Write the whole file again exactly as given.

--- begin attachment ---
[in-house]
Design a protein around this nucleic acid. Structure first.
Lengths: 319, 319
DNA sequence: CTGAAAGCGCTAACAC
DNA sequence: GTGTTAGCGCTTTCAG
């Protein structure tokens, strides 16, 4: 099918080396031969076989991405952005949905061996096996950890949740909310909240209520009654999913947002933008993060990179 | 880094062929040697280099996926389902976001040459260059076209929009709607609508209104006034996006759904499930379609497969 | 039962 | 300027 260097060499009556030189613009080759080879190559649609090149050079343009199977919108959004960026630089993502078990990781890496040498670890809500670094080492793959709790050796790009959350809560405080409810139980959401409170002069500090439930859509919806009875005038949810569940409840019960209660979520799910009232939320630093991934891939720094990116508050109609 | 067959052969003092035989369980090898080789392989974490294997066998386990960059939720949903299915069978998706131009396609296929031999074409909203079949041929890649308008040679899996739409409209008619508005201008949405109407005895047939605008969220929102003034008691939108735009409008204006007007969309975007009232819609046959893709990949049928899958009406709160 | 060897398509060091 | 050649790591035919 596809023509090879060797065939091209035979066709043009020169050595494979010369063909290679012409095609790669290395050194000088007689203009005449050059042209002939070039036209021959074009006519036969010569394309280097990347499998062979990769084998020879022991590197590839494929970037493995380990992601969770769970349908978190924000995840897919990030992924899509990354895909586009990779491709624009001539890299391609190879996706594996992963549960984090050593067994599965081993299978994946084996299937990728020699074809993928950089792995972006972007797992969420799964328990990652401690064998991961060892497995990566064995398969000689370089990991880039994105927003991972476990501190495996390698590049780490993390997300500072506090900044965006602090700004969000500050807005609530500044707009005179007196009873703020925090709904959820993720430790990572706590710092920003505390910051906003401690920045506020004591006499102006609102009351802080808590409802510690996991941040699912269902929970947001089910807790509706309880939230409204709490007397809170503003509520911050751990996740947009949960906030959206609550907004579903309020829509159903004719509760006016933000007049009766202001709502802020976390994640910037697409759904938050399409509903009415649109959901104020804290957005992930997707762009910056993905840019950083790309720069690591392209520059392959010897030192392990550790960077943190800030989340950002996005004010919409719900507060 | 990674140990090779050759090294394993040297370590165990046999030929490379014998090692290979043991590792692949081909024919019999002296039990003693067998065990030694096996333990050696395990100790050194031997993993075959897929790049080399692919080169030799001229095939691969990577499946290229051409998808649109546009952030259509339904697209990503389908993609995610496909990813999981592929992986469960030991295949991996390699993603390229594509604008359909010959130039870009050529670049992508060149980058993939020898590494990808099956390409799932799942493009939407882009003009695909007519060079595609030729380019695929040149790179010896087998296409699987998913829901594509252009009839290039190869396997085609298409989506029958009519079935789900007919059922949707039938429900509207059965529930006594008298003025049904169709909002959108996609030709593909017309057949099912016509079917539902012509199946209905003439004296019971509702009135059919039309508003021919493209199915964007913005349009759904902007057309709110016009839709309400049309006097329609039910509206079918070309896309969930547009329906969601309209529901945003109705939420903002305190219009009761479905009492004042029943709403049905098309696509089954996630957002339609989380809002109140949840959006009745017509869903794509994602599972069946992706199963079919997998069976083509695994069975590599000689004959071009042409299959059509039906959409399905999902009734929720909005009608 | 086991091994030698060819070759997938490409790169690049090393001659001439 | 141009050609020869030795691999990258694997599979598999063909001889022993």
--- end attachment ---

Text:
[in-house]
Design a protein around this nucleic acid. Structure first.
Lengths: 319, 319
DNA sequence: CTGAAAGCGCTAACAC
DNA sequence: GTGTTAGCGCTTTCAG
């Protein structure tokens, strides 16, 4: 099918080396031969076989991405952005949905061996096996950890949740909310909240209520009654999913947002933008993060990179 | 880094062929040697280099996926389902976001040459260059076209929009709607609508209104006034996006759904499930379609497969 | 039962 | 300027 260097060499009556030189613009080759080879190559649609090149050079343009199977919108959004960026630089993502078990990781890496040498670890809500670094080492793959709790050796790009959350809560405080409810139980959401409170002069500090439930859509919806009875005038949810569940409840019960209660979520799910009232939320630093991934891939720094990116508050109609 | 067959052969003092035989369980090898080789392989974490294997066998386990960059939720949903299915069978998706131009396609296929031999074409909203079949041929890649308008040679899996739409409209008619508005201008949405109407005895047939605008969220929102003034008691939108735009409008204006007007969309975007009232819609046959893709990949049928899958009406709160 | 060897398509060091 | 050649790591035919 596809023509090879060797065939091209035979066709043009020169050595494979010369063909290679012409095609790669290395050194000088007689203009005449050059042209002939070039036209021959074009006519036969010569394309280097990347499998062979990769084998020879022991590197590839494929970037493995380990992601969770769970349908978190924000995840897919990030992924899509990354895909586009990779491709624009001539890299391609190879996706594996992963549960984090050593067994599965081993299978994946084996299937990728020699074809993928950089792995972006972007797992969420799964328990990652401690064998991961060892497995990566064995398969000689370089990991880039994105927003991972476990501190495996390698590049780490993390997300500072506090900044965006602090700004969000500050807005609530500044707009005179007196009873703020925090709904959820993720430790990572706590710092920003505390910051906003401690920045506020004591006499102006609102009351802080808590409802510690996991941040699912269902929970947001089910807790509706309880939230409204709490007397809170503003509520911050751990996740947009949960906030959206609550907004579903309020829509159903004719509760006016933000007049009766202001709502802020976390994640910037697409759904938050399409509903009415649109959901104020804290957005992930997707762009910056993905840019950083790309720069690591392209520059392959010897030192392990550790960077943190800030989340950002996005004010919409719900507060 | 990674140990090779050759090294394993040297370590165990046999030929490379014998090692290979043991590792692949081909024919019999002296039990003693067998065990030694096996333990050696395990100790050194031997993993075959897929790049080399692919080169030799001229095939691969990577499946290229051409998808649109546009952030259509339904697209990503389908993609995610496909990813999981592929992986469960030991295949991996390699993603390229594509604008359909010959130039870009050529670049992508060149980058993939020898590494990808099956390409799932799942493009939407882009003009695909007519060079595609030729380019695929040149790179010896087998296409699987998913829901594509252009009839290039190869396997085609298409989506029958009519079935789900007919059922949707039938429900509207059965529930006594008298003025049904169709909002959108996609030709593909017309057949099912016509079917539902012509199946209905003439004296019971509702009135059919039309508003021919493209199915964007913005349009759904902007057309709110016009839709309400049309006097329609039910509206079918070309896309969930547009329906969601309209529901945003109705939420903002305190219009009761479905009492004042029943709403049905098309696509089954996630957002339609989380809002109140949840959006009745017509869903794509994602599972069946992706199963079919997998069976083509695994069975590599000689004959071009042409299959059509039906959409399905999902009734929720909005009608 | 086991091994030698060819070759997938490409790169690049090393001659001439 | 141009050609020869030795691999990258694997599979598999063909001889022993």